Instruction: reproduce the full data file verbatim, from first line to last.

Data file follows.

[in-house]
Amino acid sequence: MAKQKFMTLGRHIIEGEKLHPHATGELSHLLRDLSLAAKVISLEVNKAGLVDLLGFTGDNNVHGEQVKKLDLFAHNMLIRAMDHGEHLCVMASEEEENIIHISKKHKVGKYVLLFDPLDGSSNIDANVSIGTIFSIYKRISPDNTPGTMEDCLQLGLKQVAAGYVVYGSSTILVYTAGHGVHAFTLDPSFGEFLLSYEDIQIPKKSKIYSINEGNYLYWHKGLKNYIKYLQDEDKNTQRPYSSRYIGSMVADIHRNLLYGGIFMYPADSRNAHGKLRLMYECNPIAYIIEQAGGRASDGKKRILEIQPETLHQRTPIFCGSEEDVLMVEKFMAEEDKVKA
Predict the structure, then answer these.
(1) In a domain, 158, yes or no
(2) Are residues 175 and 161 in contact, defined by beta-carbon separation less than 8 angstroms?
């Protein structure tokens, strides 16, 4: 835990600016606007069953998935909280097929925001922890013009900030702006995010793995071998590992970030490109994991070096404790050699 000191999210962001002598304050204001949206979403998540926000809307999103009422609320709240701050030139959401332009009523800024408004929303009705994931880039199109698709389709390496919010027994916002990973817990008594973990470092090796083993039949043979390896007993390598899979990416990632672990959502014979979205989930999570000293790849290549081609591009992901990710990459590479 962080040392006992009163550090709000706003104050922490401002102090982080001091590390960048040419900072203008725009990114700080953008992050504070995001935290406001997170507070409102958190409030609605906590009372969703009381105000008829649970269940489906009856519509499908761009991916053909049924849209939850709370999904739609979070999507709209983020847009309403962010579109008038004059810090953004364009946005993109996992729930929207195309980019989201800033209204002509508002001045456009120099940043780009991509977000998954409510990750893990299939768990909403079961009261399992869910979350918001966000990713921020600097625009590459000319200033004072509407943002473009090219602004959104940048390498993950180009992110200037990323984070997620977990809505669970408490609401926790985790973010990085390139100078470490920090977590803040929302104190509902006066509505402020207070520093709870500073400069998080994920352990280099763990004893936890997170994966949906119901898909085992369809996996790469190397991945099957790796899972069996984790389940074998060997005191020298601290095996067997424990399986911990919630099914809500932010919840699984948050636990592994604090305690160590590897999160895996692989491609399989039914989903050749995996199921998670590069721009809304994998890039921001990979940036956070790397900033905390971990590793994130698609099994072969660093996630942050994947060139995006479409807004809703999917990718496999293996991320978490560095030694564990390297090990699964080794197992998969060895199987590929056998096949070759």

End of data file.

[in-house]
Amino acid sequence: MAKQKFMTLGRHIIEGEKLHPHATGELSHLLRDLSLAAKVISLEVNKAGLVDLLGFTGDNNVHGEQVKKLDLFAHNMLIRAMDHGEHLCVMASEEEENIIHISKKHKVGKYVLLFDPLDGSSNIDANVSIGTIFSIYKRISPDNTPGTMEDCLQLGLKQVAAGYVVYGSSTILVYTAGHGVHAFTLDPSFGEFLLSYEDIQIPKKSKIYSINEGNYLYWHKGLKNYIKYLQDEDKNTQRPYSSRYIGSMVADIHRNLLYGGIFMYPADSRNAHGKLRLMYECNPIAYIIEQAGGRASDGKKRILEIQPETLHQRTPIFCGSEEDVLMVEKFMAEEDKVKA
Predict the structure, then answer these.
(1) In a domain, 158, yes or no
(2) Are residues 175 and 161 in contact, defined by beta-carbon separation less than 8 angstroms?
């Protein structure tokens, strides 16, 4: 835990600016606007069953998935909280097929925001922890013009900030702006995010793995071998590992970030490109994991070096404790050699 000191999210962001002598304050204001949206979403998540926000809307999103009422609320709240701050030139959401332009009523800024408004929303009705994931880039199109698709389709390496919010027994916002990973817990008594973990470092090796083993039949043979390896007993390598899979990416990632672990959502014979979205989930999570000293790849290549081609591009992901990710990459590479 962080040392006992009163550090709000706003104050922490401002102090982080001091590390960048040419900072203008725009990114700080953008992050504070995001935290406001997170507070409102958190409030609605906590009372969703009381105000008829649970269940489906009856519509499908761009991916053909049924849209939850709370999904739609979070999507709209983020847009309403962010579109008038004059810090953004364009946005993109996992729930929207195309980019989201800033209204002509508002001045456009120099940043780009991509977000998954409510990750893990299939768990909403079961009261399992869910979350918001966000990713921020600097625009590459000319200033004072509407943002473009090219602004959104940048390498993950180009992110200037990323984070997620977990809505669970408490609401926790985790973010990085390139100078470490920090977590803040929302104190509902006066509505402020207070520093709870500073400069998080994920352990280099763990004893936890997170994966949906119901898909085992369809996996790469190397991945099957790796899972069996984790389940074998060997005191020298601290095996067997424990399986911990919630099914809500932010919840699984948050636990592994604090305690160590590897999160895996692989491609399989039914989903050749995996199921998670590069721009809304994998890039921001990979940036956070790397900033905390971990590793994130698609099994072969660093996630942050994947060139995006479409807004809703999917990718496999293996991320978490560095030694564990390297090990699964080794197992998969060895199987590929056998096949070759």